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Making soup isn't always simple. There's the seasoning, the simmering, the straining, and – if you're really dedicated – the stock-making. Then, of course, there's that long list of ingredients, beginning with the basics like carrots, onions, and celery, and snowballing from there.
So with all of the time, energy, and components that go into soup, can one little leaf make a difference? Yep, we're talking about that soup staple, the bay leaf. The one that's called for in so many recipes. But can your soup survive without it? Probably.
"Bay leaves have a really wonderful fragrance, and that fragrance is going to be imparted into any soup that you're going to make," Brendan Walsh, dean of culinary education at The Culinary Institute of America, told Yahoo! Shine. "Could you eliminate the bay leaf? Absolutely. But the more you start removing things like that, the more you remove complexity."
And for those of us who might not know exactly what he means by complexity, (or for those who do know, but have, er, friends who might not) allow Walsh to explain. "It's the difference between eating a raw onion and a caramelized onion. If you want a raw onion, that's fine, but when you taste a caramelized onion, it's got sweetness, it's got mouthfeel and texture. That's complexity."
In order for a bay leaf to actually add some flavor to a soup, you'll have to leave it simmering for at least 20 minutes. The longer the better … and the fresher the better. If, as you're slurping down your finished product, you don't feel like that little leaf made any difference, that's probably because you bought those bay leaves back when Clinton was president. "A lot of the problem is people have had bay leaf sitting in their counter drawer for three years and if you smell them, they don't have anything left," said Walsh. "When you get fresh dried bay leaves, you can smell them as soon as you open them."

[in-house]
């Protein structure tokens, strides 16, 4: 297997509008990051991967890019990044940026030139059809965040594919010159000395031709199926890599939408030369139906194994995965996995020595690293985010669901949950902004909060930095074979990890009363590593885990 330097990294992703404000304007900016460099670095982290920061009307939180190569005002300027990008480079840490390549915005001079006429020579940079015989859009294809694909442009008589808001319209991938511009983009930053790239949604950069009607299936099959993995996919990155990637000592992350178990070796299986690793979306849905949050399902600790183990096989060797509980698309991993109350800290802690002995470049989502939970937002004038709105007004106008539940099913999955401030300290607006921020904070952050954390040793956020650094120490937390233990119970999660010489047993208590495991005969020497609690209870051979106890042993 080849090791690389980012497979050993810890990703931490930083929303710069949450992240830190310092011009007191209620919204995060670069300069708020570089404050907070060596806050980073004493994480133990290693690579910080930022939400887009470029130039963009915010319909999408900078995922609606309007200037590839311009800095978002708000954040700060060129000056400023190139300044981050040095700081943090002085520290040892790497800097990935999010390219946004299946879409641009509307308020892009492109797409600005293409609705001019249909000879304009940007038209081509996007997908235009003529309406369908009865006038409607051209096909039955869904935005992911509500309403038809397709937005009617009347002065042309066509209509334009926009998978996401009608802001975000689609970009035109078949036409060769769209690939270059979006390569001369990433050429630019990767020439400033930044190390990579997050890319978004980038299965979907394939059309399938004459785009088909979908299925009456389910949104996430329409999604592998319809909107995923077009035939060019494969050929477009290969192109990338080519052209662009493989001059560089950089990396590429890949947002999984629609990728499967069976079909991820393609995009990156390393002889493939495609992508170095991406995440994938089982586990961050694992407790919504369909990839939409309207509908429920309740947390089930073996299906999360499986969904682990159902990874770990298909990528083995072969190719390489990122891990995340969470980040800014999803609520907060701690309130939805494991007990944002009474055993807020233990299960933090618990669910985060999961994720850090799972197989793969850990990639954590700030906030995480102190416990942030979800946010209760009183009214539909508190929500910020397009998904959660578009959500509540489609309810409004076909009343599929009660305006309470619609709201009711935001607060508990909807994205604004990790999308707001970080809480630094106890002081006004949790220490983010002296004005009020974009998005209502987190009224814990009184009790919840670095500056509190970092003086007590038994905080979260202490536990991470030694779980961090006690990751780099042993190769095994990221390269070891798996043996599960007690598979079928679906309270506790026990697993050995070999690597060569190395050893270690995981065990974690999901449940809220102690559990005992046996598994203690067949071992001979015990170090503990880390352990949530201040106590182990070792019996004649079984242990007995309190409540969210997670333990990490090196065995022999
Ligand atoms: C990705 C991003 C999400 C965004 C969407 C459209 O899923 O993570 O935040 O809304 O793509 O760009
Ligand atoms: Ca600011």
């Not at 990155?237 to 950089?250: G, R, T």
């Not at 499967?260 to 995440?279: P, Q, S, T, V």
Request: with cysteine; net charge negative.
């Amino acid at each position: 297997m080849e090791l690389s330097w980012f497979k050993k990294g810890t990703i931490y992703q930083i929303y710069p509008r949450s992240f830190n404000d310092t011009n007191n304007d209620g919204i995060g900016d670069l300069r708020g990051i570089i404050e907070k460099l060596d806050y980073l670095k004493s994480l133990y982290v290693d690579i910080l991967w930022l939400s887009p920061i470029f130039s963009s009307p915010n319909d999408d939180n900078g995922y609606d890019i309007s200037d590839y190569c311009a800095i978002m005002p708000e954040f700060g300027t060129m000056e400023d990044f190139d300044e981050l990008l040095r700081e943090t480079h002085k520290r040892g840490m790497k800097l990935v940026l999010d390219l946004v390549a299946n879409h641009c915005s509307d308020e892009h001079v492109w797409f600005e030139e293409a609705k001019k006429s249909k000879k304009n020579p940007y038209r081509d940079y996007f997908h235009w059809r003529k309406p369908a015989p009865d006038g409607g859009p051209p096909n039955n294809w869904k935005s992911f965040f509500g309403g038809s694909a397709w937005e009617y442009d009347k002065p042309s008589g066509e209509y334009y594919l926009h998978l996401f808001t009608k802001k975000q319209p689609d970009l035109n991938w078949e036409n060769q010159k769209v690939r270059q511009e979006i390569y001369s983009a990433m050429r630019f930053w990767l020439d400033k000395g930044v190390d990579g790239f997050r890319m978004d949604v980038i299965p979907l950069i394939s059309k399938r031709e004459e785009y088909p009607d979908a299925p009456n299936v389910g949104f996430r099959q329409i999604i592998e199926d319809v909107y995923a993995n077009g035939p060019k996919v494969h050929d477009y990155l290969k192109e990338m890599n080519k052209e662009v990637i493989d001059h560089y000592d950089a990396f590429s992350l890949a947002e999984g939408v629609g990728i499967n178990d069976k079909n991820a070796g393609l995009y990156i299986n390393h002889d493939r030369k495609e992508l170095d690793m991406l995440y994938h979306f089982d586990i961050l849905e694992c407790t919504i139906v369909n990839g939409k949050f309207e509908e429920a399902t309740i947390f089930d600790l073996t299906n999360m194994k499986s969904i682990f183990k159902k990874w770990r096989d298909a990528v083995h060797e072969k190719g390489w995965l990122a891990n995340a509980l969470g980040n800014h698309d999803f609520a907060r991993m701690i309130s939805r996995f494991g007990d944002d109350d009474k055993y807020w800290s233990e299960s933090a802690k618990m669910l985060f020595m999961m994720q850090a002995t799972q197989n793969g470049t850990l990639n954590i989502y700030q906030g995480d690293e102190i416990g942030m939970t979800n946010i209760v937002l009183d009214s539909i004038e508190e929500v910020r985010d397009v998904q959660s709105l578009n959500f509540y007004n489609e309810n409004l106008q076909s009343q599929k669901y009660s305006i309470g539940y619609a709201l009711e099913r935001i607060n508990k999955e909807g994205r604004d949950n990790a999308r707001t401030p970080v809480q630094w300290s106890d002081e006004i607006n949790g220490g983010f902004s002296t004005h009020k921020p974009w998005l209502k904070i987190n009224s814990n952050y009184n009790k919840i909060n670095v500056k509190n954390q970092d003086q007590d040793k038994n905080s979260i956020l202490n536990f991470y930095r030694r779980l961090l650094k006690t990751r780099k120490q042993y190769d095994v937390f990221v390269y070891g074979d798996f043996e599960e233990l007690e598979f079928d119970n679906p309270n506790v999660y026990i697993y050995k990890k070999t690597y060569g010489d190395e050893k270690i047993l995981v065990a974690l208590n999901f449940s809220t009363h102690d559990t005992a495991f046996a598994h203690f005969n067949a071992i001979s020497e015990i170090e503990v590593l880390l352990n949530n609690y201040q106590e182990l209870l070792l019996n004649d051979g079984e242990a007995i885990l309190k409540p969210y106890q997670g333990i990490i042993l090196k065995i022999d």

Walsh suggests using up all your bay leaves within six months of opening the jar or package, in order to make sure they pack the most punch.
Don't pigeonhole the bay leaf into the soup-only category, however. There are plenty of other uses for this fragrant herb derived from the laurel tree. (Just ask the ancient Greeks, who used to fashion the fresh leaves into wreaths to bestow upon the winners of athletic events.) Bay leaves are great for shellfish boils and other seafood dishes (bay leaves are actually a main ingredient in Old Bay seasoning), as well as for stews and sauces, especially richer ones. "White sauces have a fairly creamy, heavy texture," said Walsh, "so floral fragrances, which bay leaves provide, work wonderfully in those."
And while most recipes suggest removing the whole leaf before serving your dish, that's only because it's got a tough, stick-like spine and doesn't break down like a dried basil or parsley leaf. There's nothing wrong with eating bay leaves, though. In fact, you can go wild and actually chop a few up to use as a rub for roast duck or pork.
But back to soups. If you don't have any bay leaves on hand and still want to pump up that floral flavor while simmering, Walsh suggests reaching for some dried thyme. Just make sure to store all dried herbs properly, so you're not tossing the flavor equivalent of cardboard into your dish. That means keeping them out of the sun, and in a cool, dark place. "They'll last longer and they'll keep the fragrance longer," said Walsh. "And fragrance is key. Seventy-five percent of your taste is in your nose."
Final verdict: Sure, you can make soup without a bay leaf, but if you've got it, use it, since it adds a nice, floral flavor and, yes, complexity. And if you're bay leaves are more than six months old, dump 'em and buy a fresh batch.
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